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Publication numberUS5299424 A
Publication typeGrant
Application numberUS 07/993,435
Publication dateApr 5, 1994
Filing dateDec 21, 1992
Priority dateDec 21, 1992
Fee statusLapsed
Also published asCA2101379A1
Publication number07993435, 993435, US 5299424 A, US 5299424A, US-A-5299424, US5299424 A, US5299424A
InventorsDennis W. Woodson, Richard L. Miller
Original AssigneeWoodson Dennis W, Miller Richard L
Export CitationBiBTeX, EndNote, RefMan
External Links: USPTO, USPTO Assignment, Espacenet
Aquarium heater and cooler
US 5299424 A
Abstract
A combination aquarium heater and cooler apparatus is provided which utilizes a feedback circuit to automatically maintain the fluid in an ecosystem at an operator set desired temperature. The feedback system scheme takes advantage of a thermo-electric heat pump component in combination with a high gain amplifier in order to achieve the desired result of maintaining the ecosystem at a temperature which is nearly constant regardless of other undesirable spurious heat inputs or losses to the ecosystem.
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Claims(6)
What is claimed is:
1. A combination aquarium heater and cooler apparatus which comprises:
a) a first heat exchanger for immersion in a fluid of an ecosystem contained in said aquarium;
b) a second heat exchanger for location in an ambient air outside said aquarium;
c) a heat pump component having thermal input and output ports each in intimate contact with a surface of the first heat exchanger and the second heat exchanger said heat pump component comprises a thermo-electric device which produces a cooling effect when an operating current flows there in one direction and a heating effect when the operating current flows therein in an opposite direction, thereby supplying heat or absorbing heat from said fluid in order to maintain the temperature of said ecosystem nearly constant; and
d) automatic circuit means responsive to the temperature difference between the fluid of the ecosystem and a desired operator set temperature connected to the thermo-electric device for determining the direction of the operating current supplied thereto according to said temperature difference, whereby heat is appropriately pumped into or out of said fluid to maintain said fluid at a temperature which is substantially the same as the desired operator set temperature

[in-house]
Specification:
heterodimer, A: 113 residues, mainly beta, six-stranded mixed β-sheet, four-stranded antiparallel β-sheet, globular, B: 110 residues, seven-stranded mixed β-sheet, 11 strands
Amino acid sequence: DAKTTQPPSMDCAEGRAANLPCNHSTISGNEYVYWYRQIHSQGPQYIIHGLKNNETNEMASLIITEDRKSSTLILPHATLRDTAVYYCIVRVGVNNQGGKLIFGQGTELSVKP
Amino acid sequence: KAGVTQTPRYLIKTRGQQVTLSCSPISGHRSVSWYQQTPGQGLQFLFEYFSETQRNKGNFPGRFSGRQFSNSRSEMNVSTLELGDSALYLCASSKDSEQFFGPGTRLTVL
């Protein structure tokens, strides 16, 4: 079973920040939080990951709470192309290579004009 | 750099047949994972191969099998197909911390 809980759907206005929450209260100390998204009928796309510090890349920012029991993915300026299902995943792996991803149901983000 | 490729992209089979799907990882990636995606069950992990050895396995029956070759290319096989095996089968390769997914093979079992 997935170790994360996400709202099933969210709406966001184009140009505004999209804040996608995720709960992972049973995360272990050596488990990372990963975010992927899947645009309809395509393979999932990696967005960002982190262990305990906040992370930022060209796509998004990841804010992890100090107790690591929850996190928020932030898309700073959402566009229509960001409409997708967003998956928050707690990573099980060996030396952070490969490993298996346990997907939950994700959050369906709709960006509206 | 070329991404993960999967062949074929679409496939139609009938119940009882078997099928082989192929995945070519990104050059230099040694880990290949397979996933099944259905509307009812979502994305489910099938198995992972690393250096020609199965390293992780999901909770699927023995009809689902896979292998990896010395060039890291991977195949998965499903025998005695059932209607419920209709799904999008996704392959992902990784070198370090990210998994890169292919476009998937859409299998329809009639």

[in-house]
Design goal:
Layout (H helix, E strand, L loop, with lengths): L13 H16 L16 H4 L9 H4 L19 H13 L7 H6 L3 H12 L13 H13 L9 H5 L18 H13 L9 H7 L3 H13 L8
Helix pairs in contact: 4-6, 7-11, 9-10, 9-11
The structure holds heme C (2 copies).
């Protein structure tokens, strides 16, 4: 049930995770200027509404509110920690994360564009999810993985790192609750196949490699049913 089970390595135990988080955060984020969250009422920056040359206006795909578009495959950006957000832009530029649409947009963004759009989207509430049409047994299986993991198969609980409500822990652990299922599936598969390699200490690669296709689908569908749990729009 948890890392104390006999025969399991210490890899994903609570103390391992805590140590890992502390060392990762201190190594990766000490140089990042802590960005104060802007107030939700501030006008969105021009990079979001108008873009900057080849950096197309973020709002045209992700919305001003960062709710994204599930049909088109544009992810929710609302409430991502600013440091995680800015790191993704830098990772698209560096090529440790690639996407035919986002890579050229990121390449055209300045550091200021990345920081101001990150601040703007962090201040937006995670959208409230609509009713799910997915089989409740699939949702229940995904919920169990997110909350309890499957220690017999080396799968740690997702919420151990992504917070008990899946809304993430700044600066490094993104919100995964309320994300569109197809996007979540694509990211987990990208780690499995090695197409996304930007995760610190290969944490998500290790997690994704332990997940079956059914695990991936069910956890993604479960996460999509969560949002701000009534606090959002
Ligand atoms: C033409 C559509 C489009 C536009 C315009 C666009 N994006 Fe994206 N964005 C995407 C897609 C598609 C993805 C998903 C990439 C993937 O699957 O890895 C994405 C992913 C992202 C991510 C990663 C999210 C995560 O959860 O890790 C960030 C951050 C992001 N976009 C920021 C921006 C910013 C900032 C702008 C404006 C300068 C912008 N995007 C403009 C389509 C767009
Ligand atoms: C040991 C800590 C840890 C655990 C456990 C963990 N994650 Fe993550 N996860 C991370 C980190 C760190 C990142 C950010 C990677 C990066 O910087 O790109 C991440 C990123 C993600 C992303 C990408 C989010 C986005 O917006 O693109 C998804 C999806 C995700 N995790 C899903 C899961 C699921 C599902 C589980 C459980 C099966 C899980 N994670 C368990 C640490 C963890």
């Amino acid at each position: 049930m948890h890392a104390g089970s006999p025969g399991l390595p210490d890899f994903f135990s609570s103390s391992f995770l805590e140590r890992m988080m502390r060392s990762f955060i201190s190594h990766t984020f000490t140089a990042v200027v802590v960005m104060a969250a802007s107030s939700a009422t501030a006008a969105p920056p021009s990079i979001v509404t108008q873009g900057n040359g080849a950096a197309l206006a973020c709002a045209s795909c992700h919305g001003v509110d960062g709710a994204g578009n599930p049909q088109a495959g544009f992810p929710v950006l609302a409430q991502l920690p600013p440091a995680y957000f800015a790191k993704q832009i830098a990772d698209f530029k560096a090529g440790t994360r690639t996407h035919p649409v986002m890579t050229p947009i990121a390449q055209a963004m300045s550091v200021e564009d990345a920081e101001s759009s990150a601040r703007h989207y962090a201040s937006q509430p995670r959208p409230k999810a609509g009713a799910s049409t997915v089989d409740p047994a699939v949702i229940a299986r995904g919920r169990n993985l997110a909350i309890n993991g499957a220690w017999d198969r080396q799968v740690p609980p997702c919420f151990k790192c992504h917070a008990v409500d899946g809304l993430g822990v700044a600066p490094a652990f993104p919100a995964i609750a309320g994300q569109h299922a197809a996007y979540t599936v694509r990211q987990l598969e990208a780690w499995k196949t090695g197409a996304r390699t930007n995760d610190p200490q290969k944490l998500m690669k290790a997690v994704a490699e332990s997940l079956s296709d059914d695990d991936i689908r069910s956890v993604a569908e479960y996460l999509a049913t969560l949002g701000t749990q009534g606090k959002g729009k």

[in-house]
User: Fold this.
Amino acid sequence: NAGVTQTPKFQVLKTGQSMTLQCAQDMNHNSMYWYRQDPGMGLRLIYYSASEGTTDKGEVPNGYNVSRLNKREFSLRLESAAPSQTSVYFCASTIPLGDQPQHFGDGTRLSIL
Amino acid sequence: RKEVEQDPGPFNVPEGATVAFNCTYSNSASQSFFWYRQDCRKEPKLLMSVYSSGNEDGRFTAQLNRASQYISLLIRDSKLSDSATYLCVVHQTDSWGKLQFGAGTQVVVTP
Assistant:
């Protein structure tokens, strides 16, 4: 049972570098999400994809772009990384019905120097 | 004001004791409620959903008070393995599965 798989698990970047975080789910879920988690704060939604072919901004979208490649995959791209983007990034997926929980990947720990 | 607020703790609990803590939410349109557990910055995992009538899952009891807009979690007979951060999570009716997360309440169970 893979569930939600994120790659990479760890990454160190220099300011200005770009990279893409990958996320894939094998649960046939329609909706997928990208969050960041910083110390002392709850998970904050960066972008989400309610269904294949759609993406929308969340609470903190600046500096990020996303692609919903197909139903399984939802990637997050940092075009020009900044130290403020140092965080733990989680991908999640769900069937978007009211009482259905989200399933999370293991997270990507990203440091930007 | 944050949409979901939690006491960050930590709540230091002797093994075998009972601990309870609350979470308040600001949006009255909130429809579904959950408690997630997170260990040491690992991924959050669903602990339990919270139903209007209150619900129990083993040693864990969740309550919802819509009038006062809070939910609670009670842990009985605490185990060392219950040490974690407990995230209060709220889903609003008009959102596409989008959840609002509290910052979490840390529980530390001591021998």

e) wherein said first and second heat exchangers comprise elongated bodies extending spaced apart, in side by side relation and joined at adjacent upper longitudinal ends by the heat pump component thereby forming an inverted U-shaped structure conforming approximately to the dimensions of a perimeter wall of said aquarium, with the heat pump resting on an upper edge of said perimeter wall which extends between the two heat exchangers which consequently are located respectively within and without said aquarium.
2. A combination aquarium heater and cooler apparatus as recited in claim 1, wherein said thermo-electric device operates using the Peltier effect.
3. A combination aquarium heater and cooler apparatus as recited in claim 2, wherein means for adjusting said desired operator set temperature is a potentiometer.
4. A combination aquarium heater and cooler apparatus as recited in claim 3, wherein means for sensing the actual temperature of said fluid is a temperature sensing element which is remotely located in said ecosystem, immersed in said fluid and is electrically connected to said automatic circuit means.
5. A combination aquarium heater and cooler apparatus as recited in claim 4, wherein said automatic circuit means further comprises a differential amplifier having a first input coupled to said potentiometer, a second input coupled to a temperature sensor and an output connected to the electrical input of said thermo-electric device and wherein the polarity of said output is determined by the relative magnitudes of its two inputs, whereby when the temperature sensed is greater than the desired temperature, said thermo-electric device will absorb heat from said fluid and when the temperature sensed is less than the desired temperature, said thermo-electric device will supply heat to said fluid.
6. A combination aquarium heater and cooler apparatus as recited in claim 5, wherein said automatic circuit means further comprises a fan unit assembly which constantly blows air over said second heat exchanger in order to increase the rate at which heat may be exchanged between said heat exchanger and the ambient air.
Description
BACKGROUND OF THE INVENTION

The instant invention relates generally to immersible temperature controller apparatus and more specifically it relates to an immersible device for automatically supplying heating or cooling energy to the water of an aquarium as is required by the ecosystem contained therein so as to maintain a constant temperature independent of the surrounding ambient air temperature.

Numerous aquarium temperature controllers have been provided in the prior art that are adapted to modify the temperature of an aquarium from that of the surrounding ambient air temperature. For example, U.S. Pat. Nos. 4,313,048 to Holbrook; 4,378,488 to Jager and 4,876,102 to Turano all are illustrative of such prior art. While these units may be suitable for the particular purpose to which they address, they would not be as suitable for the purpose of the present invention as hereafter described.